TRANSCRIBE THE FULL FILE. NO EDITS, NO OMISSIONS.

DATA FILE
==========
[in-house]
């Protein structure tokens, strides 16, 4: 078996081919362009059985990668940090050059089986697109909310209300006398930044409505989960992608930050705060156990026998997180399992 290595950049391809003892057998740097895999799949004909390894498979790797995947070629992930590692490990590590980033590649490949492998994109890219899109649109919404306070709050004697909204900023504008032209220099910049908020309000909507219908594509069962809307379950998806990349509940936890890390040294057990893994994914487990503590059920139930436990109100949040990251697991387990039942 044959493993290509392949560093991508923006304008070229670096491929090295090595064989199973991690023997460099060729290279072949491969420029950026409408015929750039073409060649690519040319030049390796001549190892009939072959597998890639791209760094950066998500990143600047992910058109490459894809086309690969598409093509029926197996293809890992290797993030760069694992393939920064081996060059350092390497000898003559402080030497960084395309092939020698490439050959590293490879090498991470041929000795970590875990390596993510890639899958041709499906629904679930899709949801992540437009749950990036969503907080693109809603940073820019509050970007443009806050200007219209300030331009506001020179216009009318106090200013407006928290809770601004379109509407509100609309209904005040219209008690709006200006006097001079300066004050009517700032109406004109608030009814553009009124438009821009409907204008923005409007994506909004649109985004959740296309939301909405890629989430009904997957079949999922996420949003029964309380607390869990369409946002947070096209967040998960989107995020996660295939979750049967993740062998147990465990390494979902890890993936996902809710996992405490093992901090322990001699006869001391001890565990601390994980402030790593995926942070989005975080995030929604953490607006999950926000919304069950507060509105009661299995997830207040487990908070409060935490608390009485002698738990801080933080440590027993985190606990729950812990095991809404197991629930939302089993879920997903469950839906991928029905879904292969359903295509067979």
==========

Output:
[in-house]
């Protein structure tokens, strides 16, 4: 078996081919362009059985990668940090050059089986697109909310209300006398930044409505989960992608930050705060156990026998997180399992 290595950049391809003892057998740097895999799949004909390894498979790797995947070629992930590692490990590590980033590649490949492998994109890219899109649109919404306070709050004697909204900023504008032209220099910049908020309000909507219908594509069962809307379950998806990349509940936890890390040294057990893994994914487990503590059920139930436990109100949040990251697991387990039942 044959493993290509392949560093991508923006304008070229670096491929090295090595064989199973991690023997460099060729290279072949491969420029950026409408015929750039073409060649690519040319030049390796001549190892009939072959597998890639791209760094950066998500990143600047992910058109490459894809086309690969598409093509029926197996293809890992290797993030760069694992393939920064081996060059350092390497000898003559402080030497960084395309092939020698490439050959590293490879090498991470041929000795970590875990390596993510890639899958041709499906629904679930899709949801992540437009749950990036969503907080693109809603940073820019509050970007443009806050200007219209300030331009506001020179216009009318106090200013407006928290809770601004379109509407509100609309209904005040219209008690709006200006006097001079300066004050009517700032109406004109608030009814553009009124438009821009409907204008923005409007994506909004649109985004959740296309939301909405890629989430009904997957079949999922996420949003029964309380607390869990369409946002947070096209967040998960989107995020996660295939979750049967993740062998147990465990390494979902890890993936996902809710996992405490093992901090322990001699006869001391001890565990601390994980402030790593995926942070989005975080995030929604953490607006999950926000919304069950507060509105009661299995997830207040487990908070409060935490608390009485002698738990801080933080440590027993985190606990729950812990095991809404197991629930939302089993879920997903469950839906991928029905879904292969359903295509067979």